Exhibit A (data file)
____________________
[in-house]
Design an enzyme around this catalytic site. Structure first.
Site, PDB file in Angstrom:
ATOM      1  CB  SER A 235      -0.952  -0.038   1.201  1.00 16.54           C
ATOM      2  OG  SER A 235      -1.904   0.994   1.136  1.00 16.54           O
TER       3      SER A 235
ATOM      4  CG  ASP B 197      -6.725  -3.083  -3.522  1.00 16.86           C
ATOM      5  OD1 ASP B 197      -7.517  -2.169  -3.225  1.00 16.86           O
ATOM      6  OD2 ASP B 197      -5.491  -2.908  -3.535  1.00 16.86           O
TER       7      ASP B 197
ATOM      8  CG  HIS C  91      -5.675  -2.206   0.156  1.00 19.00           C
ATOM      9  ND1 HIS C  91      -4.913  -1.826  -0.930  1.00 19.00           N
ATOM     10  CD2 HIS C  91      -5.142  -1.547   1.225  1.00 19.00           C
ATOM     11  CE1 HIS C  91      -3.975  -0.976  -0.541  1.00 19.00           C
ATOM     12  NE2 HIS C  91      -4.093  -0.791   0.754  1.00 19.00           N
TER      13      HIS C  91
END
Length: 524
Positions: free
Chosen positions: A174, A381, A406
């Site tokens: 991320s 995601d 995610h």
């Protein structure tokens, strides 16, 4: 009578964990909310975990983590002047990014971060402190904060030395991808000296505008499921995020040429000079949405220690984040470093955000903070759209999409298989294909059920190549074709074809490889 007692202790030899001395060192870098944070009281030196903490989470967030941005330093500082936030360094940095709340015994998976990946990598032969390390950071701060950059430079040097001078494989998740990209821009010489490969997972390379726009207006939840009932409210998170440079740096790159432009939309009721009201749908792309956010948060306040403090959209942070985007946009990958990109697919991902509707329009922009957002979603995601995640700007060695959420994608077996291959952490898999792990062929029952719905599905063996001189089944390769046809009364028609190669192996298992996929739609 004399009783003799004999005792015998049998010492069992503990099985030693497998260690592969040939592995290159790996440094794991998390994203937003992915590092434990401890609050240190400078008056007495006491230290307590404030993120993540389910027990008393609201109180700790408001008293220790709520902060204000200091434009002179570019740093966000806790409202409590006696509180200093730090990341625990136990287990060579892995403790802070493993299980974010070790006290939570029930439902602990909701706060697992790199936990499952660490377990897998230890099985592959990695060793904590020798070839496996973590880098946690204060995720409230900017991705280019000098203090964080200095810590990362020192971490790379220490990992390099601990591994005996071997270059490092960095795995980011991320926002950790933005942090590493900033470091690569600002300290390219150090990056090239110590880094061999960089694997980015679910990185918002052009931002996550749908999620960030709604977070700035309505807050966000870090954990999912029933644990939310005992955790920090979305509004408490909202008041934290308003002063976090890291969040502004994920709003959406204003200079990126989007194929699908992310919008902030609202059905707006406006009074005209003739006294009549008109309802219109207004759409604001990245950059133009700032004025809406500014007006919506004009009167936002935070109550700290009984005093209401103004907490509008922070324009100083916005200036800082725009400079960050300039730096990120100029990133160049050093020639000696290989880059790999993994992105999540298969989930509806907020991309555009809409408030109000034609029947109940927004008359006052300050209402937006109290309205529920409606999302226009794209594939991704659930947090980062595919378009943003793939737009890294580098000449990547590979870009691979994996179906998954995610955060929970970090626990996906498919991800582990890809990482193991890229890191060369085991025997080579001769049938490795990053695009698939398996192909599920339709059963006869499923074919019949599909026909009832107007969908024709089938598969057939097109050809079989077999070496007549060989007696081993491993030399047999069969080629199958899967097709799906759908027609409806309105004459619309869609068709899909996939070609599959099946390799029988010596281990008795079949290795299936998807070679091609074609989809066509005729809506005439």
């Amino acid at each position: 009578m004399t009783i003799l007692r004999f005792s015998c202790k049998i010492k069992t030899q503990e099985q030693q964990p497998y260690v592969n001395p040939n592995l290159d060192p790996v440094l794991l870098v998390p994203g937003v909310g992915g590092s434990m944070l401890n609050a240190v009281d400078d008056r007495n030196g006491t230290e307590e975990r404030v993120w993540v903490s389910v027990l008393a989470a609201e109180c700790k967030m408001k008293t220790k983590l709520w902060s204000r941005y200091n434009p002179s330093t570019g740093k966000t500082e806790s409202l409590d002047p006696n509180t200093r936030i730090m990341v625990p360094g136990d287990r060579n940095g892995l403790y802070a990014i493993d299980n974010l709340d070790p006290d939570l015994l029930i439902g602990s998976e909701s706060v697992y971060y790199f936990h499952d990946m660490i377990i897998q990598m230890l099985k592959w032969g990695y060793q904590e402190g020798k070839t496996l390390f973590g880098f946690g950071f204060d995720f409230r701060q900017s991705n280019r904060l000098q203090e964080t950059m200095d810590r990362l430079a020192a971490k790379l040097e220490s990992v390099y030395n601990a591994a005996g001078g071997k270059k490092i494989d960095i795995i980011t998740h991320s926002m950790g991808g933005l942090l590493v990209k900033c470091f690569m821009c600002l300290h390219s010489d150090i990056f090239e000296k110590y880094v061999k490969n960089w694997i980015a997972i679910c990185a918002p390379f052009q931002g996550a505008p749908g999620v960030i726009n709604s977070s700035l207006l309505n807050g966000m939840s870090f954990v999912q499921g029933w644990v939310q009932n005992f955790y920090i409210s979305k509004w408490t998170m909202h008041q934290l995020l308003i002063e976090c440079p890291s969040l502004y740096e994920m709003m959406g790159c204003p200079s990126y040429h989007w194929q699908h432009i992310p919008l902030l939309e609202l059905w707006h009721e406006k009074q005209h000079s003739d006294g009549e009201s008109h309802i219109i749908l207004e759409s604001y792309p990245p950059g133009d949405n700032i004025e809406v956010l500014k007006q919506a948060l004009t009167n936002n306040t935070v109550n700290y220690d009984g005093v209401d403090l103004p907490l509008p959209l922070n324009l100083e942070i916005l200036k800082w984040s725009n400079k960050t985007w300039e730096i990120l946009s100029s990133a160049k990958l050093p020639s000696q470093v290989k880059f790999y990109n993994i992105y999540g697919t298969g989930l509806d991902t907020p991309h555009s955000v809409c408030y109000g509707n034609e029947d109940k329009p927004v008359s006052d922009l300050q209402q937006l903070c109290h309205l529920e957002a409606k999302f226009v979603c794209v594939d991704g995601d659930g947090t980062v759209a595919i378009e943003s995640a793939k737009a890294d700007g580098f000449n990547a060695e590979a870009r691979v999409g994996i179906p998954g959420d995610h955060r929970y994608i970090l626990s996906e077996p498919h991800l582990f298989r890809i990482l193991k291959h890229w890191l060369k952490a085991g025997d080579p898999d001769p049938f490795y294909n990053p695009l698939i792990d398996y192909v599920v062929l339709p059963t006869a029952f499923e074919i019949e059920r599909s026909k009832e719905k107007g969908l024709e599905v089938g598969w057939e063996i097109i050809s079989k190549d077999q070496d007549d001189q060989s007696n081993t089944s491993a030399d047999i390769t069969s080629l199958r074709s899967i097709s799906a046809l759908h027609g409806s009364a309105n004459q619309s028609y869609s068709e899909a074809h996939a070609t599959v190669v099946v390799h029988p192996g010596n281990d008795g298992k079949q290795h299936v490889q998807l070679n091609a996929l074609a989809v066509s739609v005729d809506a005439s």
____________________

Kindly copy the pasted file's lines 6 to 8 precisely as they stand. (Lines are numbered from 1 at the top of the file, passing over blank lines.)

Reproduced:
TER       3      SER A 235
ATOM      4  CG  ASP B 197      -6.725  -3.083  -3.522  1.00 16.86           C
ATOM      5  OD1 ASP B 197      -7.517  -2.169  -3.225  1.00 16.86           O